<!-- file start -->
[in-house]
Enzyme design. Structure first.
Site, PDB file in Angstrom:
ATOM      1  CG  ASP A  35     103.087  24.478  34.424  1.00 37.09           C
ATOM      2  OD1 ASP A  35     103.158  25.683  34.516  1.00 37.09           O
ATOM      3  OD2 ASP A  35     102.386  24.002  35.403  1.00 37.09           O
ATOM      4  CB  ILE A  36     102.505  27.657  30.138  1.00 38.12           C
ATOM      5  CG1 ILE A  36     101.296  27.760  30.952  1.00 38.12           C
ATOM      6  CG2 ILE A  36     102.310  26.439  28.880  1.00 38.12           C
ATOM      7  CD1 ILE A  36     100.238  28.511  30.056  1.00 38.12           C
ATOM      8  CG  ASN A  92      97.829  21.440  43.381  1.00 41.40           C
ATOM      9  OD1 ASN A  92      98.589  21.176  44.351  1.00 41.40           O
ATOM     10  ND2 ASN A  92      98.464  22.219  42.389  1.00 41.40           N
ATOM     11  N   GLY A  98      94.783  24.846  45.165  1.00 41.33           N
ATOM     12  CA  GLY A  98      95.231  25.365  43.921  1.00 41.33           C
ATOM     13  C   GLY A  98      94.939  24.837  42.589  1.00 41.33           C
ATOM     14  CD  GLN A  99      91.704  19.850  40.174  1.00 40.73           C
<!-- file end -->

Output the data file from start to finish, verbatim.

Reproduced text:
[in-house]
Enzyme design. Structure first.
Site, PDB file in Angstrom:
ATOM      1  CG  ASP A  35     103.087  24.478  34.424  1.00 37.09           C
ATOM      2  OD1 ASP A  35     103.158  25.683  34.516  1.00 37.09           O
ATOM      3  OD2 ASP A  35     102.386  24.002  35.403  1.00 37.09           O
ATOM      4  CB  ILE A  36     102.505  27.657  30.138  1.00 38.12           C
ATOM      5  CG1 ILE A  36     101.296  27.760  30.952  1.00 38.12           C
ATOM      6  CG2 ILE A  36     102.310  26.439  28.880  1.00 38.12           C
ATOM      7  CD1 ILE A  36     100.238  28.511  30.056  1.00 38.12           C
ATOM      8  CG  ASN A  92      97.829  21.440  43.381  1.00 41.40           C
ATOM      9  OD1 ASN A  92      98.589  21.176  44.351  1.00 41.40           O
ATOM     10  ND2 ASN A  92      98.464  22.219  42.389  1.00 41.40           N
ATOM     11  N   GLY A  98      94.783  24.846  45.165  1.00 41.33           N
ATOM     12  CA  GLY A  98      95.231  25.365  43.921  1.00 41.33           C
ATOM     13  C   GLY A  98      94.939  24.837  42.589  1.00 41.33           C
ATOM     14  CD  GLN A  99      91.704  19.850  40.174  1.00 40.73           C